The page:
In February 2013, John performed a duet with singer-songwriter Ed Sheeran at the 55th Annual Grammy Awards. Later in 2013, he collaborated with rock band Queens of the Stone Age on their sixth studio album, ...Like Clockwork, contributing piano and vocals on the song "Fairweather Friends". He said he was a fan of frontman Josh Homme's side project, Them Crooked Vultures, and had phoned Homme to ask if he could perform on the album. In September 2013, John received the first Brits Icon Award for his "lasting impact" on the culture of the United Kingdom. Rod Stewart presented him with the award on stage at the London Palladium before the two performed a duet of "Sad Songs (Say So Much)". John's 31st album, The Diving Board, produced by T-Bone Burnett, was released in September 2013 and reached number three in the UK and number four in the US. In October 2015, it was announced he would release his 32nd studio album, Wonderful Crazy Night, on 5 February 2016. It too was produced by Burnett. The album's first single, "Looking Up", was released in the same month. This album marked John's first full album recorded with his touring band since 2006's The Captain & the Kid. He also had a major role, as himself, in the action sequel Kingsman: The Golden Circle, which was released in September 2017.
The Lion King musical debuted on Broadway in 1997 and the West End in 1999. In 2014, it had grossed over $6 billion and became the top-earning title in box-office history for both stage productions and films, surpassing the record previously held by Andrew Lloyd Webber's 1986 musical The Phantom of the Opera. In addition to The Lion King, John composed music for a Disney's musical production Aida in 1999 with lyricist Tim Rice, for which they received the Tony Award for Best Original Score at the 54th Tony Awards, and the Grammy Award for Best Musical Show Album at the 43rd Annual Grammy Awards. The musical had its world premiere at Atlanta's Alliance Theatre and went on to Chicago and eventually Broadway. John released a live compilation album, Elton John One Night Only – The Greatest Hits, featuring songs from the show he did at Madison Square Garden in New York City that same year. A concept album of songs from the musical Aida, Elton John and Tim Rice's Aida, was also released and featured the John duets "Written in the Stars" with LeAnn Rimes, and "I Know the Truth" with Janet Jackson.More Info
John performed a piano duet with Lady Gaga at the 52nd Annual Grammy Awards, which consisted of two songs of Gaga’s, before culminating in "Your Song". On 17 June, and 17 years to the day after his previous performance in Israel, he performed at the Ramat Gan Stadium; this was significant because of other then-recent cancellations by other performers in the fallout surrounding an Israeli raid on Gaza Flotilla the month before. In his introduction to that concert, John said that he and other musicians should not "cherry-pick our conscience", in reference to Elvis Costello, who was to have performed in Israel two weeks after John did but cancelled in the wake of the aforementioned raid, citing his conscience.More Info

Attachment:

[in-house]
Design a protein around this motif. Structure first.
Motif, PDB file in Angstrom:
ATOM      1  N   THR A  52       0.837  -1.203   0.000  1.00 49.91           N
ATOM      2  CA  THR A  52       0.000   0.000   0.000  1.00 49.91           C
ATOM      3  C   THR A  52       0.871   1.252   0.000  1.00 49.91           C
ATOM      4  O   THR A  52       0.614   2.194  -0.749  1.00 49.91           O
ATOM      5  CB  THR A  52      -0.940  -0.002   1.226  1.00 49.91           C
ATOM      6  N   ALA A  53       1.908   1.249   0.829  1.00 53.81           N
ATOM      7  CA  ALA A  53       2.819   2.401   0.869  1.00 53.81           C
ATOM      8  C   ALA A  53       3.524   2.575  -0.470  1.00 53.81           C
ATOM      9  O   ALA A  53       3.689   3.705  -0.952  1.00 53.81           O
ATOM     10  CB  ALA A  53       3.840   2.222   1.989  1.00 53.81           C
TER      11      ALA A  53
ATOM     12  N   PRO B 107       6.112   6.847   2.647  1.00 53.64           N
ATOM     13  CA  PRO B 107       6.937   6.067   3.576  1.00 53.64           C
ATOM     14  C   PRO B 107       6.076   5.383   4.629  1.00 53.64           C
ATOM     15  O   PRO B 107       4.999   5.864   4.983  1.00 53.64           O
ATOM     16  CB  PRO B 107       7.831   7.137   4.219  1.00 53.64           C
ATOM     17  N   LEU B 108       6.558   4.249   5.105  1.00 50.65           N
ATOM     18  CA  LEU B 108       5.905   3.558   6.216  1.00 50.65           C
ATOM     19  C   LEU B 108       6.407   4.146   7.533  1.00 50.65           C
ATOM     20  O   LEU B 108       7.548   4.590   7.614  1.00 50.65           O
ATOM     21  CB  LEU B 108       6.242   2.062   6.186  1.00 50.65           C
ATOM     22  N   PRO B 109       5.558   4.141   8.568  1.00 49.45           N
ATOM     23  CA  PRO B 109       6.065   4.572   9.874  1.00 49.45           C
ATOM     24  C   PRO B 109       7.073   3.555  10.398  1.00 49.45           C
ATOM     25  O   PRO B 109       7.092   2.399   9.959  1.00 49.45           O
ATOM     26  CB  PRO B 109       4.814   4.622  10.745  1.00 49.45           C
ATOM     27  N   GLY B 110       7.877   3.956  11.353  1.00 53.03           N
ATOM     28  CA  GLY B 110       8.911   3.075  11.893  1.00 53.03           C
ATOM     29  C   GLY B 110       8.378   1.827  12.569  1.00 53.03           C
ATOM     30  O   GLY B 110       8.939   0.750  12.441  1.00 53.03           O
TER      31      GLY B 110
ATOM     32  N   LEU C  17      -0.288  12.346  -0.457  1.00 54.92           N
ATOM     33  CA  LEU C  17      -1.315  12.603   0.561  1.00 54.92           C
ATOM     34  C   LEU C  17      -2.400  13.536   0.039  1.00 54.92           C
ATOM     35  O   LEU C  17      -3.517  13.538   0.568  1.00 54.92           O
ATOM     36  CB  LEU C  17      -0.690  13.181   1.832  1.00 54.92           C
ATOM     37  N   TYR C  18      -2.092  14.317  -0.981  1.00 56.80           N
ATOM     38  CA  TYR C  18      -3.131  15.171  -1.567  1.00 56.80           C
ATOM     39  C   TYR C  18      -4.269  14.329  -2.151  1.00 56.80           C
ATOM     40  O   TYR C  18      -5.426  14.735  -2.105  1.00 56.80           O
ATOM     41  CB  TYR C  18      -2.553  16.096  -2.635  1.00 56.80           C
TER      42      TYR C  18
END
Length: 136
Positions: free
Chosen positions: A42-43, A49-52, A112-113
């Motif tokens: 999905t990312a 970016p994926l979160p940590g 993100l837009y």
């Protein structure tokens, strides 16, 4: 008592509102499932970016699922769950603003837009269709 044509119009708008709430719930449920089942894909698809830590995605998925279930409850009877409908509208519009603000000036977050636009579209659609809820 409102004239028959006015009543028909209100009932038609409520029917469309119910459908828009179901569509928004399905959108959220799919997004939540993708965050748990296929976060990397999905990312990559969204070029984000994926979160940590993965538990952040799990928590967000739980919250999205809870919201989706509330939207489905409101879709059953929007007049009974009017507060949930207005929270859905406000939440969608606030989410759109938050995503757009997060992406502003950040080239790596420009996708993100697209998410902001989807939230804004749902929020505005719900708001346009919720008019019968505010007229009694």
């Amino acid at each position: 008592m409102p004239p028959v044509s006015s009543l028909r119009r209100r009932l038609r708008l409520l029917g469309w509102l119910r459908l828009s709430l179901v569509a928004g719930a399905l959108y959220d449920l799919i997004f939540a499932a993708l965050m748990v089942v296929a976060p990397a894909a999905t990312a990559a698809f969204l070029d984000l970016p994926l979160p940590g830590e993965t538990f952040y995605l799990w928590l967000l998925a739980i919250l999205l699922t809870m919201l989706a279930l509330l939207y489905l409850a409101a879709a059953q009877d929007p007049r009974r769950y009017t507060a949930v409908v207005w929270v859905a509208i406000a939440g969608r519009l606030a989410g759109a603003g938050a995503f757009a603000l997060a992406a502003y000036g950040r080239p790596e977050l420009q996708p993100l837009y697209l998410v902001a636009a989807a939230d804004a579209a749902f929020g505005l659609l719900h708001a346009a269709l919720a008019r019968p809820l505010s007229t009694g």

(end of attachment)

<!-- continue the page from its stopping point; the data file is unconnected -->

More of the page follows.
A duet with Luciano Pavarotti, "Live Like Horses", reached number nine in the UK in December 1996. A compilation album, Love Songs, was released in 1996. Early in 1997, John held a 50th birthday party, costumed as Louis XIV of France, with 500 friends. He performed with the surviving members of Queen in Paris at the opening night (17 January 1997) of Le Presbytère N'a Rien Perdu De Son Charme Ni Le Jardin De Son Éclat, a work by French ballet legend Maurice Béjart that draws upon the AIDS crisis and the deaths of Freddie Mercury and the company's principal dancer, Jorge Donn. Later in 1997, two close friends died: designer Gianni Versace was murdered on 15 July, and Diana, Princess of Wales died in a Paris car crash on 31 August.More Info
With original band members Johnstone, Murray and Olsson together again, John returned to the charts with the 1983 album Too Low for Zero, which included the singles "I'm Still Standing" (No. 4 UK) and "I Guess That's Why They Call It the Blues", the latter of which featured Stevie Wonder on harmonica and reached number four in the US and number five in the UK. In October 1983, John caused controversy when he broke the United Nations' cultural boycott on apartheid-era South Africa by performing at Sun City. He married his close friend and sound engineer, Renate Blauel, on Valentine's Day 1984; the marriage lasted three years.More Info
John released The Union on 19 October 2010. He has said the album, a collaboration with American singer, songwriter and sideman Leon Russell, marked a new chapter in his recording career, saying: "I don't have to make pop records any more." He began his new show The Million Dollar Piano at the Colosseum at Caesars Palace, Las Vegas, on 28 September 2011, and performed it there for the next three years. He performed his 3000th concert on 8 October 2011 at Caesars. Also in 2011, John performed vocals on "Snowed in at Wheeler Street" with Kate Bush for her album 50 Words for Snow. On 3 February 2012, he visited Costa Rica for the first time, performing at the recently built National Stadium.More Info
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